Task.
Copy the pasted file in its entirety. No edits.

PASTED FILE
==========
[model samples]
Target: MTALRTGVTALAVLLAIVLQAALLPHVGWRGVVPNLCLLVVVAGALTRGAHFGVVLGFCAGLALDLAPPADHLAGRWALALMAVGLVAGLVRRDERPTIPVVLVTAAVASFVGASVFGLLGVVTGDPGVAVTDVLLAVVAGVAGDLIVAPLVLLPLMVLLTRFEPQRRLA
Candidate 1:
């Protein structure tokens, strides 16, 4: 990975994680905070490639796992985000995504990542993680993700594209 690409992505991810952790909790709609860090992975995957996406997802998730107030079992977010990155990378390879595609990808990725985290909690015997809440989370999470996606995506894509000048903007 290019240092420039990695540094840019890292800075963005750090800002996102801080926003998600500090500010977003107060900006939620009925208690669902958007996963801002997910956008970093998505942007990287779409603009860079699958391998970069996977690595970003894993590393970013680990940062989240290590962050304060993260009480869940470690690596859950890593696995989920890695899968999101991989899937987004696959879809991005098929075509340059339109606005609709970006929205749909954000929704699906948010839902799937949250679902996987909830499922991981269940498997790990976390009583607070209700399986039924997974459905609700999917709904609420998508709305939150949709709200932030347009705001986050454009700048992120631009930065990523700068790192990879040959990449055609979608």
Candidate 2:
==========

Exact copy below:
[model samples]
Target: MTALRTGVTALAVLLAIVLQAALLPHVGWRGVVPNLCLLVVVAGALTRGAHFGVVLGFCAGLALDLAPPADHLAGRWALALMAVGLVAGLVRRDERPTIPVVLVTAAVASFVGASVFGLLGVVTGDPGVAVTDVLLAVVAGVAGDLIVAPLVLLPLMVLLTRFEPQRRLA
Candidate 1:
């Protein structure tokens, strides 16, 4: 990975994680905070490639796992985000995504990542993680993700594209 690409992505991810952790909790709609860090992975995957996406997802998730107030079992977010990155990378390879595609990808990725985290909690015997809440989370999470996606995506894509000048903007 290019240092420039990695540094840019890292800075963005750090800002996102801080926003998600500090500010977003107060900006939620009925208690669902958007996963801002997910956008970093998505942007990287779409603009860079699958391998970069996977690595970003894993590393970013680990940062989240290590962050304060993260009480869940470690690596859950890593696995989920890695899968999101991989899937987004696959879809991005098929075509340059339109606005609709970006929205749909954000929704699906948010839902799937949250679902996987909830499922991981269940498997790990976390009583607070209700399986039924997974459905609700999917709904609420998508709305939150949709709200932030347009705001986050454009700048992120631009930065990523700068790192990879040959990449055609979608």
Candidate 2: